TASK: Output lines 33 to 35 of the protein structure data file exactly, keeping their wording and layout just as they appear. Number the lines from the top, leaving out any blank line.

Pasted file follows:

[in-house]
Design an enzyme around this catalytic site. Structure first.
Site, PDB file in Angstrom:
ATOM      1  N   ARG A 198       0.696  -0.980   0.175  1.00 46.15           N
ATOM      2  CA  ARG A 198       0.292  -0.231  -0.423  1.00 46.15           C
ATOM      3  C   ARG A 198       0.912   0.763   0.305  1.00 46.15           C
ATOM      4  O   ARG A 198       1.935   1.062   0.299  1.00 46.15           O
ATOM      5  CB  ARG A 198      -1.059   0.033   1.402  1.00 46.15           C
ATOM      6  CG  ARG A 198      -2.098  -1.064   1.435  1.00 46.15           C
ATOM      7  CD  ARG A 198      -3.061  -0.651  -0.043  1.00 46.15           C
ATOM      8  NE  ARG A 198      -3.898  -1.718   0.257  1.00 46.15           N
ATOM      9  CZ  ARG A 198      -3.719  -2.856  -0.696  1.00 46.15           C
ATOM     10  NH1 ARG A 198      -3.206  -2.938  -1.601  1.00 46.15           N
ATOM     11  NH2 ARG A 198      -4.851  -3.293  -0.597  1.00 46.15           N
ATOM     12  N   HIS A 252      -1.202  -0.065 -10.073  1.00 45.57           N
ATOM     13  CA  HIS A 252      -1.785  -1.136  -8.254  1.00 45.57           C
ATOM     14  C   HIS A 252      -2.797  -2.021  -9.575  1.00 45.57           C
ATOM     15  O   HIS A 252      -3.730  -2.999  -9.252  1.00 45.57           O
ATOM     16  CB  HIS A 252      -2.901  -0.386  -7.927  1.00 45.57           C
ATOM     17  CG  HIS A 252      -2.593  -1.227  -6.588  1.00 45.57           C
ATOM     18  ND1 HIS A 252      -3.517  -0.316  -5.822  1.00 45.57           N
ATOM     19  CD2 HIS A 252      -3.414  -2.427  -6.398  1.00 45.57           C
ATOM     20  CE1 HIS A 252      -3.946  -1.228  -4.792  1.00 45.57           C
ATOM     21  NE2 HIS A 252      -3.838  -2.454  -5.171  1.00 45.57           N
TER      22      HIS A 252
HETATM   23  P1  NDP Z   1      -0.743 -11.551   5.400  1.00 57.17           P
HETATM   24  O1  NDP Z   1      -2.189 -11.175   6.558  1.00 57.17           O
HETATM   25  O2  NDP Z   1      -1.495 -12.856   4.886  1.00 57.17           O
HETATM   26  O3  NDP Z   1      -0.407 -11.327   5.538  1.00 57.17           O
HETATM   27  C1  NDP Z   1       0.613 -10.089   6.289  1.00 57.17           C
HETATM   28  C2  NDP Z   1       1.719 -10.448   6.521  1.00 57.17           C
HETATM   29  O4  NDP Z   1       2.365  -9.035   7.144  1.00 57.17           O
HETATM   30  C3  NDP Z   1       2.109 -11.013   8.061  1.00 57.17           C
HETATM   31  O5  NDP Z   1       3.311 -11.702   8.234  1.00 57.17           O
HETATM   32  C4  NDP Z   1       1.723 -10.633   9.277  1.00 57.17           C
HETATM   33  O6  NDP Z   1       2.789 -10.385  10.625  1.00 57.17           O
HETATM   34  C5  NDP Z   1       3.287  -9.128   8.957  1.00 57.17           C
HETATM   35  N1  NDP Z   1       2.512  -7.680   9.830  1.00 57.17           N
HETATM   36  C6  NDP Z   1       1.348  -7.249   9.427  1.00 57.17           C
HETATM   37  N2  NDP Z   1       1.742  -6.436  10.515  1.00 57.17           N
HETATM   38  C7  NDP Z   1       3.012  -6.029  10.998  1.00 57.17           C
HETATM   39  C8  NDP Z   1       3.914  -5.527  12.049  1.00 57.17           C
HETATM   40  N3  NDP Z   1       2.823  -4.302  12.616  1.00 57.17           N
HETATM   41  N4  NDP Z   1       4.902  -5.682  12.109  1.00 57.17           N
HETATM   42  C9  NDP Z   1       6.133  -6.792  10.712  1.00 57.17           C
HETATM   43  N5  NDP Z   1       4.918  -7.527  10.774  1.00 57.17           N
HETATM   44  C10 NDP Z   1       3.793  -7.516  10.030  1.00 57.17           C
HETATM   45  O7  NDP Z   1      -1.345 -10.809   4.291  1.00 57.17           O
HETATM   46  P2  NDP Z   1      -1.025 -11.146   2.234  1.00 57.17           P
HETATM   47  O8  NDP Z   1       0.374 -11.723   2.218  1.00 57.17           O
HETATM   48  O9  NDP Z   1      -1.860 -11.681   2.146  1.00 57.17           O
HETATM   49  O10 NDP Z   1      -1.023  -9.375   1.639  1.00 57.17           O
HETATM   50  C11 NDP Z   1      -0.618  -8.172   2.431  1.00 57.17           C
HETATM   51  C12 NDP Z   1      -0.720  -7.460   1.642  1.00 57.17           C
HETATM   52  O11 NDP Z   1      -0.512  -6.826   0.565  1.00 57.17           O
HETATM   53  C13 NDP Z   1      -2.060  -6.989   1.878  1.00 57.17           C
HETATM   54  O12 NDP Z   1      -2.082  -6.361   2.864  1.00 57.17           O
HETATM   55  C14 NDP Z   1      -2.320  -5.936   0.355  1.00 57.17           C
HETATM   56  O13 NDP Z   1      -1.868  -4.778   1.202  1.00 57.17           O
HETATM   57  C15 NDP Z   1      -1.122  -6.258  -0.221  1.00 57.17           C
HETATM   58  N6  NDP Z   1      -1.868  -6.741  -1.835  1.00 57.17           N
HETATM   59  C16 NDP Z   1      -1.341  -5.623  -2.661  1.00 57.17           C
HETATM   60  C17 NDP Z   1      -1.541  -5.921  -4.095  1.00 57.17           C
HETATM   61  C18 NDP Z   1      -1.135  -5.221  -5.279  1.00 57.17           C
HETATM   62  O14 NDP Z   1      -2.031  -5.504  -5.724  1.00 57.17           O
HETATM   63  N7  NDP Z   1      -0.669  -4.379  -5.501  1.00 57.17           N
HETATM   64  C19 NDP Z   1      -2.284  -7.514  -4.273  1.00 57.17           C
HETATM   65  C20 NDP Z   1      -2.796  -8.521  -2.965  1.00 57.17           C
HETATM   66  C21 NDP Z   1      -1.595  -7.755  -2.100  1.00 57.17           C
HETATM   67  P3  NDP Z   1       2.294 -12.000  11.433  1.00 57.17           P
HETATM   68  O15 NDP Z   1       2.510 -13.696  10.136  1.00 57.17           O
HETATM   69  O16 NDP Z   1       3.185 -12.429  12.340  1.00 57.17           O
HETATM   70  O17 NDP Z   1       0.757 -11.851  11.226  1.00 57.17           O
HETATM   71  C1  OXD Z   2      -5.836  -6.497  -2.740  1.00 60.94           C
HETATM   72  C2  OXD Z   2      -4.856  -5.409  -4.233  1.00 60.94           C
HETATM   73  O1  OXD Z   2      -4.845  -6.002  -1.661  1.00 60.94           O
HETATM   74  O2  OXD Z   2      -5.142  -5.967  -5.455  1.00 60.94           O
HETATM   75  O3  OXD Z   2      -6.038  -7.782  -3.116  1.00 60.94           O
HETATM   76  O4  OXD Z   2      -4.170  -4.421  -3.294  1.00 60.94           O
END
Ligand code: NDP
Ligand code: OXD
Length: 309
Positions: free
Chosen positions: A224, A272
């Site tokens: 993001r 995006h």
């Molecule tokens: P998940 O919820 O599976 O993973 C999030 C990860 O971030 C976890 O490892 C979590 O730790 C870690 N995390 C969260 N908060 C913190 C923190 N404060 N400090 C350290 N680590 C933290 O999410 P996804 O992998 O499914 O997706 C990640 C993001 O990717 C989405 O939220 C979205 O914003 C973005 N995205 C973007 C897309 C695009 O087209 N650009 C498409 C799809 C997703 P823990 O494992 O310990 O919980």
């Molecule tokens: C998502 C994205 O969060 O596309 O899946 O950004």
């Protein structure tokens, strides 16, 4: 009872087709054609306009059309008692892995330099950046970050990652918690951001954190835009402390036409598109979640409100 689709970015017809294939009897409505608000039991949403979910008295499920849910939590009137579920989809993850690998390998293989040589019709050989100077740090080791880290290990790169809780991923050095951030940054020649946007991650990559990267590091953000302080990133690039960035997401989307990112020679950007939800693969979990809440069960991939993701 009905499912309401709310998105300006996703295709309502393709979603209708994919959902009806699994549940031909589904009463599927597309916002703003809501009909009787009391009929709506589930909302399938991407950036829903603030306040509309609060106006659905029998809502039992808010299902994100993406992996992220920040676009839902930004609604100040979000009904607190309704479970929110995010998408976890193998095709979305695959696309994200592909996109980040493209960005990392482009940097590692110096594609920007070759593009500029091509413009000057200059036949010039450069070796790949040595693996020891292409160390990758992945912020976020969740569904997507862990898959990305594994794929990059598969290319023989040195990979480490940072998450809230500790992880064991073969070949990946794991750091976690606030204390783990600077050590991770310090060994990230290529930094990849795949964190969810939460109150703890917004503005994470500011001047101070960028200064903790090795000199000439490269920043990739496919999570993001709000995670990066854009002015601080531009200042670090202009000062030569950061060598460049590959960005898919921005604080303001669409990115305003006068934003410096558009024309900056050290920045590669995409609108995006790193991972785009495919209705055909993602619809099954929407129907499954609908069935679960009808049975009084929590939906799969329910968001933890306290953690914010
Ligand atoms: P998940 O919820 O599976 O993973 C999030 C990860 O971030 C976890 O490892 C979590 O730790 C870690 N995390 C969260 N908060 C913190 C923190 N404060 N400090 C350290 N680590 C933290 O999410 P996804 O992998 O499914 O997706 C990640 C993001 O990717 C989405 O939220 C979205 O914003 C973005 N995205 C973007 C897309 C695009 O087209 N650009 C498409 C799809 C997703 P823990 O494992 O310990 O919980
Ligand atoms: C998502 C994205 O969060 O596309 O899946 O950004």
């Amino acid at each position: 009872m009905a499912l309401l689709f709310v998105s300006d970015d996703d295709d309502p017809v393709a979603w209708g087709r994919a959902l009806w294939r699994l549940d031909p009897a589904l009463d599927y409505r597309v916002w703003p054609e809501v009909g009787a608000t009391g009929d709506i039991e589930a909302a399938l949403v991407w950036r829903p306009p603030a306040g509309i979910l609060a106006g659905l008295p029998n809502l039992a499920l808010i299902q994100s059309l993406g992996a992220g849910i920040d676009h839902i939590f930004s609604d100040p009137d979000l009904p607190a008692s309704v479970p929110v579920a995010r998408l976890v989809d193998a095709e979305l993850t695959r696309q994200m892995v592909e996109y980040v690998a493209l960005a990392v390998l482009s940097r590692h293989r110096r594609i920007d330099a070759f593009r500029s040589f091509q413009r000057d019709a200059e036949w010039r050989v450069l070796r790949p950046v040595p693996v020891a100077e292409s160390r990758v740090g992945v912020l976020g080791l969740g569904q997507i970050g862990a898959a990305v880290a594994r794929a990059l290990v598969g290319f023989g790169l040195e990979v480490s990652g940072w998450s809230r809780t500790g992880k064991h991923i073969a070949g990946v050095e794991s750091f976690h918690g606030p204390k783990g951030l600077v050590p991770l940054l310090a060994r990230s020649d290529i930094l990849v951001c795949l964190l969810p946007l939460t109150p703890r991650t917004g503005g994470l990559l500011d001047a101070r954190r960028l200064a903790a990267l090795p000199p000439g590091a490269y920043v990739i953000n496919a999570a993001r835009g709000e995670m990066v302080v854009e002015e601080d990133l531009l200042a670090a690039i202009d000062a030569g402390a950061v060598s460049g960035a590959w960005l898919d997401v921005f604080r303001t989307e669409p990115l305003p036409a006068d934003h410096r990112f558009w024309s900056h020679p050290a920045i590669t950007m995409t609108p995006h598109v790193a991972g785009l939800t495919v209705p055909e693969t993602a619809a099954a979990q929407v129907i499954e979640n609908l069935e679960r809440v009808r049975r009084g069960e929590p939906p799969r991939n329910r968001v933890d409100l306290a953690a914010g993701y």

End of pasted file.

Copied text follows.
HETATM   30  C3  NDP Z   1       2.109 -11.013   8.061  1.00 57.17           C
HETATM   31  O5  NDP Z   1       3.311 -11.702   8.234  1.00 57.17           O
HETATM   32  C4  NDP Z   1       1.723 -10.633   9.277  1.00 57.17           C